this is my first post so I apologise if the formatting of my post isn't perfect.

I should start off by saying that this post is not for any malicious intent, rather for curiosity and understanding AES encryption/decryption.

I have been doing research about AES encryption and everywhere says that ECB mode should never been used and often refers to the famous Linux Tux penguin example. I understand that the vulnerability lies in the fact that a block of plaintext will always produce the same block of cipher text with some key.

However, I am new to this topic and I am struggling to understand the vulnerability in the following situation:

Consider a plaintext (P1) that is encrypted using AES-ECB to produce an encrypted ciphertext C1 with a key unknown to me. If I had another cipher text (C2) that was encrypted using AES-ECB (using the same unknown key), how could I obtain the corresponding plaintext (P2) even if I have P1 and C1 accessible to me?

My confusion lies in the fact that despite having access to P1, C1, and C2 — I do not know the key.

  • $\begingroup$ This very much depends on the definition of unsafe: "Obtain the plaintext" is not the only interesting goal for some adversaries. Think of the situation where the time of the shift is either 02:00 or 03:00, and sent enciphered every day at 01:00, in some unknown but fixed format. $\endgroup$
    – fgrieu
    Oct 30, 2022 at 7:38
  • $\begingroup$ The problem with EBC is the repeating pattern, assume that your file contains a similar pattern then it will leak information therefore one needs probabilistic encryption. It is also possible to execute a frequency attack on databases that deploy ECB mode for column encryption. If you can guarantee that the data is not repeating there is no problem with ECB. However, forget about it. $\endgroup$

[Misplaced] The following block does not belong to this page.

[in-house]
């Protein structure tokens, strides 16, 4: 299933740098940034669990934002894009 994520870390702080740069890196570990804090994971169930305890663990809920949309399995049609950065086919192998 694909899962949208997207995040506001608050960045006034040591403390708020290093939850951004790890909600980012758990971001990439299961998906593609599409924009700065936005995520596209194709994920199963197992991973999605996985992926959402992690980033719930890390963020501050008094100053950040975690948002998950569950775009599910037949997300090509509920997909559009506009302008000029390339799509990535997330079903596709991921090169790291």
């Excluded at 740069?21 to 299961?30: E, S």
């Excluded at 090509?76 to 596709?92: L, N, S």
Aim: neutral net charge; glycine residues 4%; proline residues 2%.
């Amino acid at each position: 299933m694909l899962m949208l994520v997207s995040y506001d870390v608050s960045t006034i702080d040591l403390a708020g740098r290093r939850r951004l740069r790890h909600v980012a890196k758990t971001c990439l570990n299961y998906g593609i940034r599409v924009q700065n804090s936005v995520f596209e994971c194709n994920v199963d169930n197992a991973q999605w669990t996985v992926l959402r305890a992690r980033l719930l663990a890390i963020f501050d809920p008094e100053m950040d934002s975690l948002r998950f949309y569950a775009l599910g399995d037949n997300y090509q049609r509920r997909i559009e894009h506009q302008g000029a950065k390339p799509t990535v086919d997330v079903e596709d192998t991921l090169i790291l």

– kelalaka
    Oct 30, 2022 at 13:43

1 Answer 1


The issue with ECB is precisely what you've described in your question. Abstractly, the "encrypted" penguin doesn't tell you what the original penguin was but tells you quite a lot about the original message. This is very undesirable for an encryption scheme since revealing "some" information on the underlying plaintext can be enough to recover the whole plaintext.

Why not define security as obtaining the plaintext? Defining security this way is tempting but can lead to stating "obviously" insecure designs as secure. For instance, take a secure encryption scheme called AES-SEC, and modify it slightly (obtaining AES-SEC*) such that encryption works the same but also outputs a few bits of the original message. In this definition, AES-SEC* is secure, but it's not hard to see that AES-SEC* is insecure in many cases.

The ECB mode is "secure" if the plaintext contains blocks that are all distinct, which greatly restricts the practicality of ECB.

The basic security notion for an encryption scheme is usually that of "indistinguishability under chosen plaintext attacks" or IND-CPA. See this answer for an introduction to these notions. See also the Joy of Cryptography for an extensive discussion.


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